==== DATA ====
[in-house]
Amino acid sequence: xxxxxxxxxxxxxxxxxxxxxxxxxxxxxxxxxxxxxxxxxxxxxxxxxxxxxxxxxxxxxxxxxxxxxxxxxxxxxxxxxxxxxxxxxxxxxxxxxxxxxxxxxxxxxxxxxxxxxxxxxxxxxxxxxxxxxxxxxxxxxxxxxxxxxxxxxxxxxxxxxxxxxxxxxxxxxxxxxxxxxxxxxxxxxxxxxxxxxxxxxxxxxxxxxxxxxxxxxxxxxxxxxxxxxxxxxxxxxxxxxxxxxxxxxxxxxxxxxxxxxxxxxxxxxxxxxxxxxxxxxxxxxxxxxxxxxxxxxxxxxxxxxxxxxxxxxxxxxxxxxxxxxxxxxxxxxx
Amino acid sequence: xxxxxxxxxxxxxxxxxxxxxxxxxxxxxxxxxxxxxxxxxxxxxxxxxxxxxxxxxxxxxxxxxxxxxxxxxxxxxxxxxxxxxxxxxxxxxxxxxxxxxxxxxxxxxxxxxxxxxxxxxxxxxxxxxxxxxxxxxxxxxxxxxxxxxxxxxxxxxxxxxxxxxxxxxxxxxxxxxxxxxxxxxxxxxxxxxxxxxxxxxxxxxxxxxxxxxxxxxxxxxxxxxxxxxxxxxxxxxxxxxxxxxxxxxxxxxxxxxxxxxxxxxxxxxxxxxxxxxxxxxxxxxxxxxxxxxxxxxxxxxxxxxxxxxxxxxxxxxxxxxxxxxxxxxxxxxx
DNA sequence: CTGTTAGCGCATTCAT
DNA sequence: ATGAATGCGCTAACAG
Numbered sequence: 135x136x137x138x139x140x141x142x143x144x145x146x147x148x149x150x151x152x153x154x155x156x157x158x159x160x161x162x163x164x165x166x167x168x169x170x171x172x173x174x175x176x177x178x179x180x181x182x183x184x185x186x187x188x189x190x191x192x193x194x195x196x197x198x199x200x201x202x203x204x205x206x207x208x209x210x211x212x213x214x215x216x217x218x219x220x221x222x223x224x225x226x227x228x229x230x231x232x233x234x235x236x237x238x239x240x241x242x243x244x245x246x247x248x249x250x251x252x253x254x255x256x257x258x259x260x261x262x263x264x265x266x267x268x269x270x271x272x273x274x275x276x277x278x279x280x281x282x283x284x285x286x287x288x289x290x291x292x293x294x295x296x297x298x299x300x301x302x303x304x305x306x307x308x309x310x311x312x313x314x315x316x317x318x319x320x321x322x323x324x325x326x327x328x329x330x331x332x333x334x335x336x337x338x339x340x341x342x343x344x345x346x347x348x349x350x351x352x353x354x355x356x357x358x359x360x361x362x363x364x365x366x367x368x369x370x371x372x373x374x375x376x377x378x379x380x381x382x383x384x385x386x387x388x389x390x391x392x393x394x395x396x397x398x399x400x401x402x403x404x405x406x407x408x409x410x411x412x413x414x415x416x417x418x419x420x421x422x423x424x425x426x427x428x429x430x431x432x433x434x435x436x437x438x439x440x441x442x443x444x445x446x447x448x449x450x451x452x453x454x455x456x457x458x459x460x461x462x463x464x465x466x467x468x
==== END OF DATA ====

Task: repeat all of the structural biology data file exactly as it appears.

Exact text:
[in-house]
Amino acid sequence: xxxxxxxxxxxxxxxxxxxxxxxxxxxxxxxxxxxxxxxxxxxxxxxxxxxxxxxxxxxxxxxxxxxxxxxxxxxxxxxxxxxxxxxxxxxxxxxxxxxxxxxxxxxxxxxxxxxxxxxxxxxxxxxxxxxxxxxxxxxxxxxxxxxxxxxxxxxxxxxxxxxxxxxxxxxxxxxxxxxxxxxxxxxxxxxxxxxxxxxxxxxxxxxxxxxxxxxxxxxxxxxxxxxxxxxxxxxxxxxxxxxxxxxxxxxxxxxxxxxxxxxxxxxxxxxxxxxxxxxxxxxxxxxxxxxxxxxxxxxxxxxxxxxxxxxxxxxxxxxxxxxxxxxxxxxxxx
Amino acid sequence: xxxxxxxxxxxxxxxxxxxxxxxxxxxxxxxxxxxxxxxxxxxxxxxxxxxxxxxxxxxxxxxxxxxxxxxxxxxxxxxxxxxxxxxxxxxxxxxxxxxxxxxxxxxxxxxxxxxxxxxxxxxxxxxxxxxxxxxxxxxxxxxxxxxxxxxxxxxxxxxxxxxxxxxxxxxxxxxxxxxxxxxxxxxxxxxxxxxxxxxxxxxxxxxxxxxxxxxxxxxxxxxxxxxxxxxxxxxxxxxxxxxxxxxxxxxxxxxxxxxxxxxxxxxxxxxxxxxxxxxxxxxxxxxxxxxxxxxxxxxxxxxxxxxxxxxxxxxxxxxxxxxxxxxxxxxxxx
DNA sequence: CTGTTAGCGCATTCAT
DNA sequence: ATGAATGCGCTAACAG
Numbered sequence: 135x136x137x138x139x140x141x142x143x144x145x146x147x148x149x150x151x152x153x154x155x156x157x158x159x160x161x162x163x164x165x166x167x168x169x170x171x172x173x174x175x176x177x178x179x180x181x182x183x184x185x186x187x188x189x190x191x192x193x194x195x196x197x198x199x200x201x202x203x204x205x206x207x208x209x210x211x212x213x214x215x216x217x218x219x220x221x222x223x224x225x226x227x228x229x230x231x232x233x234x235x236x237x238x239x240x241x242x243x244x245x246x247x248x249x250x251x252x253x254x255x256x257x258x259x260x261x262x263x264x265x266x267x268x269x270x271x272x273x274x275x276x277x278x279x280x281x282x283x284x285x286x287x288x289x290x291x292x293x294x295x296x297x298x299x300x301x302x303x304x305x306x307x308x309x310x311x312x313x314x315x316x317x318x319x320x321x322x323x324x325x326x327x328x329x330x331x332x333x334x335x336x337x338x339x340x341x342x343x344x345x346x347x348x349x350x351x352x353x354x355x356x357x358x359x360x361x362x363x364x365x366x367x368x369x370x371x372x373x374x375x376x377x378x379x380x381x382x383x384x385x386x387x388x389x390x391x392x393x394x395x396x397x398x399x400x401x402x403x404x405x406x407x408x409x410x411x412x413x414x415x416x417x418x419x420x421x422x423x424x425x426x427x428x429x430x431x432x433x434x435x436x437x438x439x440x441x442x443x444x445x446x447x448x449x450x451x452x453x454x455x456x457x458x459x460x461x462x463x464x465x466x467x468x